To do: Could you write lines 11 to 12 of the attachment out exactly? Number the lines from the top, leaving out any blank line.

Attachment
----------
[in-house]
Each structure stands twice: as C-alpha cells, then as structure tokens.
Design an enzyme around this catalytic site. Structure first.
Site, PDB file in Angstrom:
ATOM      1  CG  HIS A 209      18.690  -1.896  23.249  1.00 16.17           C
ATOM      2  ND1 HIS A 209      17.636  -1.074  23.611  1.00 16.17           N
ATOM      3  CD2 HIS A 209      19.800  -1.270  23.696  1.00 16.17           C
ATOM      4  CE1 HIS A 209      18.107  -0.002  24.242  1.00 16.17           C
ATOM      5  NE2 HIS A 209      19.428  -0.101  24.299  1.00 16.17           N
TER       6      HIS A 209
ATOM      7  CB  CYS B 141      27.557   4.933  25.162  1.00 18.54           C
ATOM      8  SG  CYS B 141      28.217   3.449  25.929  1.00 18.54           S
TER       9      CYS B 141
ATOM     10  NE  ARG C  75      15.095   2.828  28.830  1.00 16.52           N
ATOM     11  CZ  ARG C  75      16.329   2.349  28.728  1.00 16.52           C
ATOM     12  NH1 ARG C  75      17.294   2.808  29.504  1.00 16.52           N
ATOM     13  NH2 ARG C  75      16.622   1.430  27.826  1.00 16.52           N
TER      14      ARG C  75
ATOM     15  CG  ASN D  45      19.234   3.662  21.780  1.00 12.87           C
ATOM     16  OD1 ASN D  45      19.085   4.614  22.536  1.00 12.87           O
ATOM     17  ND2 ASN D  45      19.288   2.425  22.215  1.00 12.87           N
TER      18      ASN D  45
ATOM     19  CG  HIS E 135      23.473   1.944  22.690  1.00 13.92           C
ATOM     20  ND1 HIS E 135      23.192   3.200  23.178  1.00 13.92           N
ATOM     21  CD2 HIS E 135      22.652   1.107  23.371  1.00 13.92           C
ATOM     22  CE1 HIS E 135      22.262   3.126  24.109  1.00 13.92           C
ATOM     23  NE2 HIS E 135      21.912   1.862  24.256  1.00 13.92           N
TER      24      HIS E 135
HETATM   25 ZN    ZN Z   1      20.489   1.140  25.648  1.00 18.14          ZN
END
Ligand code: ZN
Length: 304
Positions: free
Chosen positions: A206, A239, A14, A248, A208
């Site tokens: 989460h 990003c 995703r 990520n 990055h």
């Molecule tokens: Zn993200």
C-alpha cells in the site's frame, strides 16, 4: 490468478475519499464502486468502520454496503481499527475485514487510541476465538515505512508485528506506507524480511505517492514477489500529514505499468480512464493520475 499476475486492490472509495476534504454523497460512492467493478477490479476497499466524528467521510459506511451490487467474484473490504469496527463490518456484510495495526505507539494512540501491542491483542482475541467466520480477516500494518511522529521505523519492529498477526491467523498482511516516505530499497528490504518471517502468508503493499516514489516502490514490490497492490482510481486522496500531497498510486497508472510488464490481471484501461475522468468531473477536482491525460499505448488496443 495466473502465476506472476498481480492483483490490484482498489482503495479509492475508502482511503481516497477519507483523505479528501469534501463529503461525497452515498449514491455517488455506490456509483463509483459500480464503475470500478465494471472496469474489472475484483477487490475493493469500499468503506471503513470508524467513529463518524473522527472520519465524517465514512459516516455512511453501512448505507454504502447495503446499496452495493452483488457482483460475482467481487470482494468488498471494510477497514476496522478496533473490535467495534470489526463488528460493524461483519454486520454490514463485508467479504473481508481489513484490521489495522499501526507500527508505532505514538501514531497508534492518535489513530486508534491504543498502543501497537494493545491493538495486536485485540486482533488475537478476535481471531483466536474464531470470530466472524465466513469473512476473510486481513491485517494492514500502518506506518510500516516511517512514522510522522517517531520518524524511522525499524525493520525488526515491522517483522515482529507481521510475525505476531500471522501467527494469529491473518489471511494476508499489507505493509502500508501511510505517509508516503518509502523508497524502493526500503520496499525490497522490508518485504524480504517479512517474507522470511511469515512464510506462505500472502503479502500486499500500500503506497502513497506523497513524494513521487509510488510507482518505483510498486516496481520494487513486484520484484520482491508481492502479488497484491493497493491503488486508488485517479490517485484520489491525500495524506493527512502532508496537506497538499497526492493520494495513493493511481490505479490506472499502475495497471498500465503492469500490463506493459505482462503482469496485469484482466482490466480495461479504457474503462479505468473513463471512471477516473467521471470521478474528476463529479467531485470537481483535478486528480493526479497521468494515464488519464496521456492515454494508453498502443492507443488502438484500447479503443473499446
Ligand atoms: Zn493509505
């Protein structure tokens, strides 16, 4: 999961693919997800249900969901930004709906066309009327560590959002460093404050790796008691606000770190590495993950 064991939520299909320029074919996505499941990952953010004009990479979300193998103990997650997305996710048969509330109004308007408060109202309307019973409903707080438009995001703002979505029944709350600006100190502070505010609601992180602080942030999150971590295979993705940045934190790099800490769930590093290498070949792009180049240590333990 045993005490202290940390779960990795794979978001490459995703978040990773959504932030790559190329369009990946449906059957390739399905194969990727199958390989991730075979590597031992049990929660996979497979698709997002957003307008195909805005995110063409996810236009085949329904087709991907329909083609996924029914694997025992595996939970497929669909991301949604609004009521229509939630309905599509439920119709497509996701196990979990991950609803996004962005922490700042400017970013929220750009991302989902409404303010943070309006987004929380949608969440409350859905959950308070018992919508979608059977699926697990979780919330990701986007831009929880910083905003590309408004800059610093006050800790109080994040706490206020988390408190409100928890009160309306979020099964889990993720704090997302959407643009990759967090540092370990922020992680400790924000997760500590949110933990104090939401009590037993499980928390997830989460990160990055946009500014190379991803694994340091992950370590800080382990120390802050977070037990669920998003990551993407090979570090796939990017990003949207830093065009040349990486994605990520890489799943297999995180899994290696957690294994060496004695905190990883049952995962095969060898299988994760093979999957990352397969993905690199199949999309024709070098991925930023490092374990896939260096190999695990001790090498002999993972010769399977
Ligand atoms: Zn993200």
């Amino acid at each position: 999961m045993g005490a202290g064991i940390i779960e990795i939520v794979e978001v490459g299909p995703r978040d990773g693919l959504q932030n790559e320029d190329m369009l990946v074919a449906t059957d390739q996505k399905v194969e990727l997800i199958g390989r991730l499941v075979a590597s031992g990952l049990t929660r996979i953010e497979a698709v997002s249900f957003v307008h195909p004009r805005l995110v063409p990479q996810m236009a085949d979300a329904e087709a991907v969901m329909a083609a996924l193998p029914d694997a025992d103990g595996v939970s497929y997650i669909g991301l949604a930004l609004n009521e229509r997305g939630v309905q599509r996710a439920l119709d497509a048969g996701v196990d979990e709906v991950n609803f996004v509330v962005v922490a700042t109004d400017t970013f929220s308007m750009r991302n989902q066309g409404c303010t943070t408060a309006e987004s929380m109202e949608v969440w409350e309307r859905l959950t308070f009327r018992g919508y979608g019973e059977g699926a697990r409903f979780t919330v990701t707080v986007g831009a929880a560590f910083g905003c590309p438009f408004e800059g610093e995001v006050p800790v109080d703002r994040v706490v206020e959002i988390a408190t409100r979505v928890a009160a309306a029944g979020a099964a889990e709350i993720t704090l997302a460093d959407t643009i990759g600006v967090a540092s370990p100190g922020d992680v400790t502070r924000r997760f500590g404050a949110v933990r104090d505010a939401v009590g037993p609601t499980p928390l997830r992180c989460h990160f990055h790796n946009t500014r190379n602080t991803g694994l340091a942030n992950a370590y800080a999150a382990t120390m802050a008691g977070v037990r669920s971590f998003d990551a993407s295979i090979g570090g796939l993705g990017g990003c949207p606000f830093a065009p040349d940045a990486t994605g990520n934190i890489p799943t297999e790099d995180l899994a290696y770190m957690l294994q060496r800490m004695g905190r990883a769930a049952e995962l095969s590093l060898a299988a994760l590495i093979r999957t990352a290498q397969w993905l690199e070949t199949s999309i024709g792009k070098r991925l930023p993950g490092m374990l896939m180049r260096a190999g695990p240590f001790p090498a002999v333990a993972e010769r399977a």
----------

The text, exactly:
ATOM      7  CB  CYS B 141      27.557   4.933  25.162  1.00 18.54           C
ATOM      8  SG  CYS B 141      28.217   3.449  25.929  1.00 18.54           S